What would happen to our Solar System if Earth were replaced by a super Earth?
Computer simulations reveal what would happen to our Solar System if Earth were much bigger and orbited further from the Sun.
The more we’ve learned about the planetary systems orbiting other stars in the galaxy, the more we’ve realised just how unusual our own Solar System is.
Most exoplanetary systems have very different architectures to our own.
The Kepler-11 system, for example, is exceedingly compact, with six planets crammed within the equivalent orbit of Venus.
- What if our Solar System contained a hot Jupiter?
Other systems contain worlds with extremely elliptical orbits – such as HD 20782 b – which indicate significant past effects of gravitational interactions between planets.
And one of the most common kinds of exoplanets to turn up in our astronomical searches is not present at all in the Solar System: super-Earths.
Super-Earth planets have a mass several times larger than Earth’s but substantially less than ice giants like Uranus and Neptune.
Stephen Kane, in the Department of Earth and Planetary Sciences at the University of California, Riverside, was curious to see how differently our Solar System might have turned out were it to have formed with a super-Earth.
He created a series of computer models of the Solar System in its current configuration, and into each dropped a different super-Earth between the orbits of Mars and Jupiter to see what would happen.
The hypothetical super-Earths were varied in mass between one and 10 times that of Earth, and with initial orbital distances of between 2 AU and 4 AU.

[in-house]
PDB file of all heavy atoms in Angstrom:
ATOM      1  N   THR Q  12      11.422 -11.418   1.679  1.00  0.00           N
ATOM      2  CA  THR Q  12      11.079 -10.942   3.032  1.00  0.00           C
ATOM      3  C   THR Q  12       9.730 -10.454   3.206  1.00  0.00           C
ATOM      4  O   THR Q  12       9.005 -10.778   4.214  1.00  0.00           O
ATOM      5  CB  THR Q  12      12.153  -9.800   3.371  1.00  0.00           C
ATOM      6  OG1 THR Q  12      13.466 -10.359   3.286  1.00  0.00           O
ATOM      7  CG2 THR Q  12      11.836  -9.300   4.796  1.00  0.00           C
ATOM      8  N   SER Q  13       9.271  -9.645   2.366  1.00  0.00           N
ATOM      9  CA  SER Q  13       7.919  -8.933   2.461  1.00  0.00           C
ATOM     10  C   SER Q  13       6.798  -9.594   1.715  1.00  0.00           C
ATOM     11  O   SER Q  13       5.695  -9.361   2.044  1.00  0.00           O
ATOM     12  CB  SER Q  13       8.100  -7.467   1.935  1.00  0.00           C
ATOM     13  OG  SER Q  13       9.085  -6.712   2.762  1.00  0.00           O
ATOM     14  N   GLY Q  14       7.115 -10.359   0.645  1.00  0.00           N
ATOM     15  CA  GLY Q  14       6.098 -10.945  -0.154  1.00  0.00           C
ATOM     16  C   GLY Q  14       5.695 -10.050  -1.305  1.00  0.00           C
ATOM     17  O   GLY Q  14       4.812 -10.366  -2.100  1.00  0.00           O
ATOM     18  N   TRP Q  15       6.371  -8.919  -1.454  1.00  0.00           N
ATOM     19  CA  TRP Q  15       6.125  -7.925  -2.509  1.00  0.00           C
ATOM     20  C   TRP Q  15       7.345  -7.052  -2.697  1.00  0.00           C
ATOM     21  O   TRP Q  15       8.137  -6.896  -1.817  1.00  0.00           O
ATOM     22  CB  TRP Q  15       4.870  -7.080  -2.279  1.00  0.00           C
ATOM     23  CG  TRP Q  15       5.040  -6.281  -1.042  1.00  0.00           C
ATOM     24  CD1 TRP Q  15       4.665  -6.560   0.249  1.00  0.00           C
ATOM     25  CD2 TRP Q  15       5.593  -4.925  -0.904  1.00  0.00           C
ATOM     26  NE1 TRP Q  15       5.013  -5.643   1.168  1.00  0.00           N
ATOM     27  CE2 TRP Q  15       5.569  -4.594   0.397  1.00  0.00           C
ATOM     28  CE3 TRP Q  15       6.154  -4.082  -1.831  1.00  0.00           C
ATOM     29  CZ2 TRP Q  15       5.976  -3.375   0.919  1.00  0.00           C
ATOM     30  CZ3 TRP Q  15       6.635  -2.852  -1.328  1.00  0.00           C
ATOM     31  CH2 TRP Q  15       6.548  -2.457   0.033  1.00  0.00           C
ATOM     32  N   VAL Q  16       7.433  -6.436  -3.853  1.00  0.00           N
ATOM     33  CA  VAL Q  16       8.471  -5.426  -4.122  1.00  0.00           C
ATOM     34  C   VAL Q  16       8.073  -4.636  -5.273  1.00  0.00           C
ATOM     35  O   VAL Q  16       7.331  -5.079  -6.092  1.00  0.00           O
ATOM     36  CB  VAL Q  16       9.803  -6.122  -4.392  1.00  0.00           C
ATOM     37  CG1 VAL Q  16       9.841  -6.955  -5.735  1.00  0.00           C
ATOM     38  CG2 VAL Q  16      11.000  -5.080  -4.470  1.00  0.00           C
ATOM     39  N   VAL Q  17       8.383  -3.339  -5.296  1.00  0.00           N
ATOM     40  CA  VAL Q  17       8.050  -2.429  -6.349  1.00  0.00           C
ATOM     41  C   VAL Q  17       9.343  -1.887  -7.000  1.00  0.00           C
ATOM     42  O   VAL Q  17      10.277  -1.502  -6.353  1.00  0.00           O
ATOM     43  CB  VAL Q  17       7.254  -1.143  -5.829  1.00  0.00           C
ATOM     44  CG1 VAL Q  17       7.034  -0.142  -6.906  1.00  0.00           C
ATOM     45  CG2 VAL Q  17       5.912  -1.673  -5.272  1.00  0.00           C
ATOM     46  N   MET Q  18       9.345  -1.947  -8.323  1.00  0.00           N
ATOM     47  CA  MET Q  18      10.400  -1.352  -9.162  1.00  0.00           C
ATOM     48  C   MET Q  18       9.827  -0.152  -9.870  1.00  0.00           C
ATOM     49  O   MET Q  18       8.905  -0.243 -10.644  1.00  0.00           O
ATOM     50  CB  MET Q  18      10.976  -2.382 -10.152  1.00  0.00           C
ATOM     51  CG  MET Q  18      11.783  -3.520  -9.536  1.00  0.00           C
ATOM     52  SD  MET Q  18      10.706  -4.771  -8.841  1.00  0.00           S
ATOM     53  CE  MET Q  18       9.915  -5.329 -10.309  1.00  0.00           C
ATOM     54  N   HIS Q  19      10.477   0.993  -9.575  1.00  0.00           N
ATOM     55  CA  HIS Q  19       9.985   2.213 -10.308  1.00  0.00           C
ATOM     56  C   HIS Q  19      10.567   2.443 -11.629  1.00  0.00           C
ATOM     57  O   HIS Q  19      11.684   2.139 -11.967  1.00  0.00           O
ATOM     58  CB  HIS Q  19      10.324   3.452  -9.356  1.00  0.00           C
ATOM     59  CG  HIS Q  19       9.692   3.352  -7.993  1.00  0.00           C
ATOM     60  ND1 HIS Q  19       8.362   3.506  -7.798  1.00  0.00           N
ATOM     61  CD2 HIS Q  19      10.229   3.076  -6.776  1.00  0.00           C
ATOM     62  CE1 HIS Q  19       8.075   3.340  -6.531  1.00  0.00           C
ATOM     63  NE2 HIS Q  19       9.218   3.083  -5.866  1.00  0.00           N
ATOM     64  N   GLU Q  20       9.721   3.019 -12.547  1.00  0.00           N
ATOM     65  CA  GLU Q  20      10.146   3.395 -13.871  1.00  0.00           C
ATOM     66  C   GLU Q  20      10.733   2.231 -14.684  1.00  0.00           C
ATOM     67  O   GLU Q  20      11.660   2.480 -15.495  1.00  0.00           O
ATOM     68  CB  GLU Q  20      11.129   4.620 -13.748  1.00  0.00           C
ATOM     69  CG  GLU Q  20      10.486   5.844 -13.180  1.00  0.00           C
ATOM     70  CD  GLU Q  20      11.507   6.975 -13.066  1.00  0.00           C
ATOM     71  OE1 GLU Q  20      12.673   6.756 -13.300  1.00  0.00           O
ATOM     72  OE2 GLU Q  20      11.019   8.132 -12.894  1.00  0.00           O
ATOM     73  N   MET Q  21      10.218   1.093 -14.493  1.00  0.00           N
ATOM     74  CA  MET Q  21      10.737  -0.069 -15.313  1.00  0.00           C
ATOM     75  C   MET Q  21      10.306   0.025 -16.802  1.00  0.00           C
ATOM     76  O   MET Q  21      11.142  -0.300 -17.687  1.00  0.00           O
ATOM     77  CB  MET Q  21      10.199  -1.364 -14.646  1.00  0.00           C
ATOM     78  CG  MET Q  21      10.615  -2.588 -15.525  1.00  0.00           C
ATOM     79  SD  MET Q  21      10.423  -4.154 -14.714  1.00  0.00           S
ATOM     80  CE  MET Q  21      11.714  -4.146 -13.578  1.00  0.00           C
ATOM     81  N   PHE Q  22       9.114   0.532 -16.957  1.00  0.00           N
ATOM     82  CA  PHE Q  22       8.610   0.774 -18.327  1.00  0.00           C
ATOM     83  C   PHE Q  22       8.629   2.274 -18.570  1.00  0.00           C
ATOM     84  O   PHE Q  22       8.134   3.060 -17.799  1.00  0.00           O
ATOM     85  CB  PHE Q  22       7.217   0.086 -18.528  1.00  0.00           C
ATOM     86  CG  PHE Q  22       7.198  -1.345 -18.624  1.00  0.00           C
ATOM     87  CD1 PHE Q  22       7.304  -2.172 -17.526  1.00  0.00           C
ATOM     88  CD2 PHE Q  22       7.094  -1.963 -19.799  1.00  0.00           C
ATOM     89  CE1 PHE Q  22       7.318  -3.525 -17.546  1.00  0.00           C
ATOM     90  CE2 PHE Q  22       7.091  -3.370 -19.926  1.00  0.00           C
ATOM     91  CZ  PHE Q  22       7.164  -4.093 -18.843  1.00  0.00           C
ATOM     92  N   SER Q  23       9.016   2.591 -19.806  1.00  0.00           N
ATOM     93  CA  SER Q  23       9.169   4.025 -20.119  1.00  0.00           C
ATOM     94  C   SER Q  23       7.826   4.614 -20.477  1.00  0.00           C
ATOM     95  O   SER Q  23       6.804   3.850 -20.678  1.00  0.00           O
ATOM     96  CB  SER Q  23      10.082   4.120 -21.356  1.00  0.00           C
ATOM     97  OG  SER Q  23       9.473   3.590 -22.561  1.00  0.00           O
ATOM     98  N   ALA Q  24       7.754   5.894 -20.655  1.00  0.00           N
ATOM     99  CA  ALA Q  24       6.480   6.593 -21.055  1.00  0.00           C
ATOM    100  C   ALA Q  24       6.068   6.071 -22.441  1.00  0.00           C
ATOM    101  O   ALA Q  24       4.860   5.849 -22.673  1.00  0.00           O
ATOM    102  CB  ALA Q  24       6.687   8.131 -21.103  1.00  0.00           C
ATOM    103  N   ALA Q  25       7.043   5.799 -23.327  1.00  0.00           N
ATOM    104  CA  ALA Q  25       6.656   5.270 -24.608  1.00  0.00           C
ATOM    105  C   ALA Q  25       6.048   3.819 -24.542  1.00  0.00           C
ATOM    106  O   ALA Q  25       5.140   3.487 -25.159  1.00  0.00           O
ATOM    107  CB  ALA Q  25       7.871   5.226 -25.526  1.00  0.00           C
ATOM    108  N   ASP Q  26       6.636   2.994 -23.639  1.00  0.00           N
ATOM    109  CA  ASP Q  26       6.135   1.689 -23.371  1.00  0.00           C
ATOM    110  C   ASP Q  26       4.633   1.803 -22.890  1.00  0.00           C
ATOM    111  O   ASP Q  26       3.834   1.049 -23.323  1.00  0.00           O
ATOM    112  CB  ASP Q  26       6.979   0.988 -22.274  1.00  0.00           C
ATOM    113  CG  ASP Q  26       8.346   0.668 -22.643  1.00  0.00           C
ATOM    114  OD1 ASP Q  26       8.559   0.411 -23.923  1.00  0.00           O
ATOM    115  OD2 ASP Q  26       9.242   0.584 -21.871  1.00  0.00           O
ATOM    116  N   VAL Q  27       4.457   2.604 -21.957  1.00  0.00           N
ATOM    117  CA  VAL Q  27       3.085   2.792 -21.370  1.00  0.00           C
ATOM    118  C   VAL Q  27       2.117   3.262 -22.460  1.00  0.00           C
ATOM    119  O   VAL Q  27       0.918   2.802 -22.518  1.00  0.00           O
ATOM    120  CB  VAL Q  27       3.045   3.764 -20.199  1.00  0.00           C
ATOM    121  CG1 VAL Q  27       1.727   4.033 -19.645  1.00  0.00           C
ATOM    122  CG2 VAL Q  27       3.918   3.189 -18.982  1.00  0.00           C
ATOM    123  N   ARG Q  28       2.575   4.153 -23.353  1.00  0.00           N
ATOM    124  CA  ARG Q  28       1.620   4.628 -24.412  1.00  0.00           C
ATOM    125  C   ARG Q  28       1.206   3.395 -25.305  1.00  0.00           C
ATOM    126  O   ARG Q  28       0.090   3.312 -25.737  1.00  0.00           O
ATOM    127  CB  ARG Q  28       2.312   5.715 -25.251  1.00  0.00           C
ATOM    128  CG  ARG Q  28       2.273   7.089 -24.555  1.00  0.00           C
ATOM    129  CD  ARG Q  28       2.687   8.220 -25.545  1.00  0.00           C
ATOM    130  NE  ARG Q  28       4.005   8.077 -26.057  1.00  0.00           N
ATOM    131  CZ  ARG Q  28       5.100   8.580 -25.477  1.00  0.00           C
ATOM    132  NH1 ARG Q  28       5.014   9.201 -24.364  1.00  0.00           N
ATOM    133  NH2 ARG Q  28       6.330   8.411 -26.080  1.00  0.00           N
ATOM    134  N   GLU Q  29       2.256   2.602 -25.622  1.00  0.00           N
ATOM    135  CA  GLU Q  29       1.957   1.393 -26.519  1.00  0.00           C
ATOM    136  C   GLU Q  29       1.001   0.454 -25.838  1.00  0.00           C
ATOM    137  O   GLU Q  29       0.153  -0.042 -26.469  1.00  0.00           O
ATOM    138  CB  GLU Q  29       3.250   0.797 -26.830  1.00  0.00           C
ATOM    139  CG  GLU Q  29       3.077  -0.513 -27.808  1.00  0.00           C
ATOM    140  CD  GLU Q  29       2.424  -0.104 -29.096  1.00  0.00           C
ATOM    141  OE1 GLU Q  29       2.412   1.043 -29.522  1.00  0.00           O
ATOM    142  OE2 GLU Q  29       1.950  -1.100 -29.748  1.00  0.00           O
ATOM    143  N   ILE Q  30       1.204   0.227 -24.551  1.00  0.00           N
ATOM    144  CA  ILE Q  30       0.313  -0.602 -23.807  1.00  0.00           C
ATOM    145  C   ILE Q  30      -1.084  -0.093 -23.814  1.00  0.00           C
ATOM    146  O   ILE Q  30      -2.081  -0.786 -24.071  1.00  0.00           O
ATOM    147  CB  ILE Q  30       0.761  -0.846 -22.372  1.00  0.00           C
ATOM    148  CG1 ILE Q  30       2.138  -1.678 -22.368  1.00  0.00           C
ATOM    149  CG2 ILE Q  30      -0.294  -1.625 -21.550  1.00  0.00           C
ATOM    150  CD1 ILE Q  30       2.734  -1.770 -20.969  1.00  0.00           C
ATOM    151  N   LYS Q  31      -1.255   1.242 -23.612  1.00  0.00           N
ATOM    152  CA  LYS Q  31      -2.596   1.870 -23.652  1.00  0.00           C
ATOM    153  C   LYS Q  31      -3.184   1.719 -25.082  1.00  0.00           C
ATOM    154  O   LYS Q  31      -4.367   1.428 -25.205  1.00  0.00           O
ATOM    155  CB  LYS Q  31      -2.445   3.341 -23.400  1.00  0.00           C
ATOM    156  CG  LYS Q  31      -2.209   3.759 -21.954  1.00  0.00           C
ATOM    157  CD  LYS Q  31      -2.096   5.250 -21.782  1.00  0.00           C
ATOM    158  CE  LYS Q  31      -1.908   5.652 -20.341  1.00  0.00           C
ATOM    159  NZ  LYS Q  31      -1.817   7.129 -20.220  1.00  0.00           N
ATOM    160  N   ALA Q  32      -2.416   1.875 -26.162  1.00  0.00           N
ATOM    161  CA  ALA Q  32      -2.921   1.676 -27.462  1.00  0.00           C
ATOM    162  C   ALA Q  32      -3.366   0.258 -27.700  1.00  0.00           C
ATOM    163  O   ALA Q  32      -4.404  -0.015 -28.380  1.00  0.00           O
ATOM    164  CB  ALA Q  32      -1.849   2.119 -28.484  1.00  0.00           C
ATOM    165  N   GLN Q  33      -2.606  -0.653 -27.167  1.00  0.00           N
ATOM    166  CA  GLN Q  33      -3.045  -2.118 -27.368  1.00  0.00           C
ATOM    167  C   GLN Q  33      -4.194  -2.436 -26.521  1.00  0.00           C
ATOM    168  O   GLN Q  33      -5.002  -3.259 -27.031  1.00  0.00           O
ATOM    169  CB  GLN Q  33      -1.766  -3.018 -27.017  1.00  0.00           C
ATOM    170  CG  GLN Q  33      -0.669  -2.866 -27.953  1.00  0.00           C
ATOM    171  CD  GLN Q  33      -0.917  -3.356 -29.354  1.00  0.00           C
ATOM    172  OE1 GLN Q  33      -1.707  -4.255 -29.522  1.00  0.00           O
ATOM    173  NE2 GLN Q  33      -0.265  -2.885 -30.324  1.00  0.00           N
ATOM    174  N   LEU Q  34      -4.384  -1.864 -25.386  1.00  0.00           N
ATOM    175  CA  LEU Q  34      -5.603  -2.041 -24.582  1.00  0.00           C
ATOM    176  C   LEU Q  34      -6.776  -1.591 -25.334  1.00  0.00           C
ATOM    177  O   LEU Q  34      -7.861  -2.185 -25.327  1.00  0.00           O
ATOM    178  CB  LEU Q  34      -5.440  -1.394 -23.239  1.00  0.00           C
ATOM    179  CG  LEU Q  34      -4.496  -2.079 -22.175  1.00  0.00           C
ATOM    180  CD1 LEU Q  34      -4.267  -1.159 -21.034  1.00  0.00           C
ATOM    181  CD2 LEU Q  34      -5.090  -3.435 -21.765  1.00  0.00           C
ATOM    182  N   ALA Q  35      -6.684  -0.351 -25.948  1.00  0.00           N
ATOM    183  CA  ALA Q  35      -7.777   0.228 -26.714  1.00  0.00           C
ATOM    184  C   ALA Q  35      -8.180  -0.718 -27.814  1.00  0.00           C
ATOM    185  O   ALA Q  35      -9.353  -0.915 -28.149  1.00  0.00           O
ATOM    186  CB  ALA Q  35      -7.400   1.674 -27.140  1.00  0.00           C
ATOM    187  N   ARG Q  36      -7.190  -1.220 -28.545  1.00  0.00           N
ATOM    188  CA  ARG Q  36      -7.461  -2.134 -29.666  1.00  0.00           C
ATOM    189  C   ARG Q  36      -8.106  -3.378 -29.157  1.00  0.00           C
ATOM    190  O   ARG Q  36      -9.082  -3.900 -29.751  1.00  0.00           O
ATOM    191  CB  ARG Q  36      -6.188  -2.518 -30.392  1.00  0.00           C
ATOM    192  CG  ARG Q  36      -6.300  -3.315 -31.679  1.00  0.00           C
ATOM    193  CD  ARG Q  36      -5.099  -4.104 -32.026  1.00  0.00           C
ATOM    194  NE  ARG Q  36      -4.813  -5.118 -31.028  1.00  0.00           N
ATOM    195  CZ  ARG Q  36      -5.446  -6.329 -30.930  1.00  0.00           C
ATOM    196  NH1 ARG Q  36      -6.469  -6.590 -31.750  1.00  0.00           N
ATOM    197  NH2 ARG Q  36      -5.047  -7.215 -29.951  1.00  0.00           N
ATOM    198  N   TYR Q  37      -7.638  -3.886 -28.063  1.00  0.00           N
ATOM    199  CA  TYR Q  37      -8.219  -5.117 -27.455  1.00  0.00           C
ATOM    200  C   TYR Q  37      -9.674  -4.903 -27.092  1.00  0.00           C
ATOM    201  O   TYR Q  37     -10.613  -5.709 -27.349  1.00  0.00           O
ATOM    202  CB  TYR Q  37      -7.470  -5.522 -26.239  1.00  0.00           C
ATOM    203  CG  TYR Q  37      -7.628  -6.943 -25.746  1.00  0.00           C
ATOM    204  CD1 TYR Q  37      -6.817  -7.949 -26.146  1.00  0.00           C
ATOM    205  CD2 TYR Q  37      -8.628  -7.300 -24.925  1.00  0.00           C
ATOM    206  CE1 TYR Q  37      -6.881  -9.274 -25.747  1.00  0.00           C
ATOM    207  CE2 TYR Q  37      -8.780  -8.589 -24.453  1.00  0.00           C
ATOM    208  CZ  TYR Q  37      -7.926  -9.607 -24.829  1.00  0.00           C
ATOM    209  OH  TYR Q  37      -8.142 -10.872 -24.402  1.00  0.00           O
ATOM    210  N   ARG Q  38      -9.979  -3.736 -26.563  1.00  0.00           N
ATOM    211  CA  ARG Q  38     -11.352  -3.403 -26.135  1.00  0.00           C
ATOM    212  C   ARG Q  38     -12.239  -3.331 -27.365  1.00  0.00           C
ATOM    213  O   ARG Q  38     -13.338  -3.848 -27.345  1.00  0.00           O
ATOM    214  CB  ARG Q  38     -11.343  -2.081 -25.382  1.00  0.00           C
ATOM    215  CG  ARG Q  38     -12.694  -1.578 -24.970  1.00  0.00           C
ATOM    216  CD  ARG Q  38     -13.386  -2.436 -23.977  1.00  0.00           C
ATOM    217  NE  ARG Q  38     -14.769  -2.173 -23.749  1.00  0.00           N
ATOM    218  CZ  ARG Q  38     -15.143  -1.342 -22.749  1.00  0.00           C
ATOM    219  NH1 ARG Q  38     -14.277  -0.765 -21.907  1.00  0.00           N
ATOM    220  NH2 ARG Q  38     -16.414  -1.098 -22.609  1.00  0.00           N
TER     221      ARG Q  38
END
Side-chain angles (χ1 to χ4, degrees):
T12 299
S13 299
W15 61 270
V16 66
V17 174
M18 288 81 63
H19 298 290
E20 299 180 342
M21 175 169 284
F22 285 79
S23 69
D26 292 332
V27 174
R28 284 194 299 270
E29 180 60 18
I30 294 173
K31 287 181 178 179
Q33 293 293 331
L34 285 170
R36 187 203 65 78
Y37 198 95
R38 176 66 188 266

Overall, he simulated thousands of these tweaked Solar Systems, and let each run within the computer for the equivalent of 10 million years.
Kane found that the inner, rocky planets were particularly vulnerable to gravitational disruption from a super-Earth companion.
For example, with a seven-Earth-mass super-Earth inserted at 2 AU, the orbits of the terrestrial planets quickly become unstable.
At 2 AU, the added super-Earth and Mars experience a 2:3 resonance.
This means that for every two of the super-Earth’s orbits Mars completes exactly three of its own, and so receives a regular gravitational tug.
Mars’s orbit becomes ever more elliptical as the planet picks up momentum and is rapidly ejected altogether from the Solar System.
The increasingly unstable orbit of Mars affects both Venus and Earth, which in turn leads to the ejection of Mercury.
And as Venus wanders further out from the Sun, and Earth is nudged inwards, the two experience catastrophic close encounters with each other.
If, instead, the seven-Earth-mass super-Earth is placed at 3.8 AU, it experiences orbital resonances with both Jupiter and Saturn, nudging them both into slightly more elliptical orbits.
In this case, the super-Earth is itself thrown out of the Solar System, but not before it has shattered the stability of the inner system and triggered a chaotic orbit in Neptune that leads to Uranus being ejected.
Overall, Kane found that the Solar System is largely preserved if a super-Earth were to exist in a narrow range of orbits around 3 AU.
But for most of the cases he studied, a super-Earth orbiting between Mars and Jupiter falls into resonance with one or more other planets and acts like a wrecking ball to the stability of the Solar System.
I loved this paper from a gleeful perspective of building toy Solar Systems and watching how catastrophically they break.
But there’s a deep relevance to this sort of study too, serving both to improve our understanding of the architectures of exoplanetary systems, and to constrain our theories on how they form.
Lewis Dartnell was reading The Dynamical Consequences of a Super-Earth in the Solar System by Stephen R Kane.
Read it online at: arxiv.org/abs/2302.06641.
This article originally appeared in the June 2023 issue of BBC Sky at Night Magazine.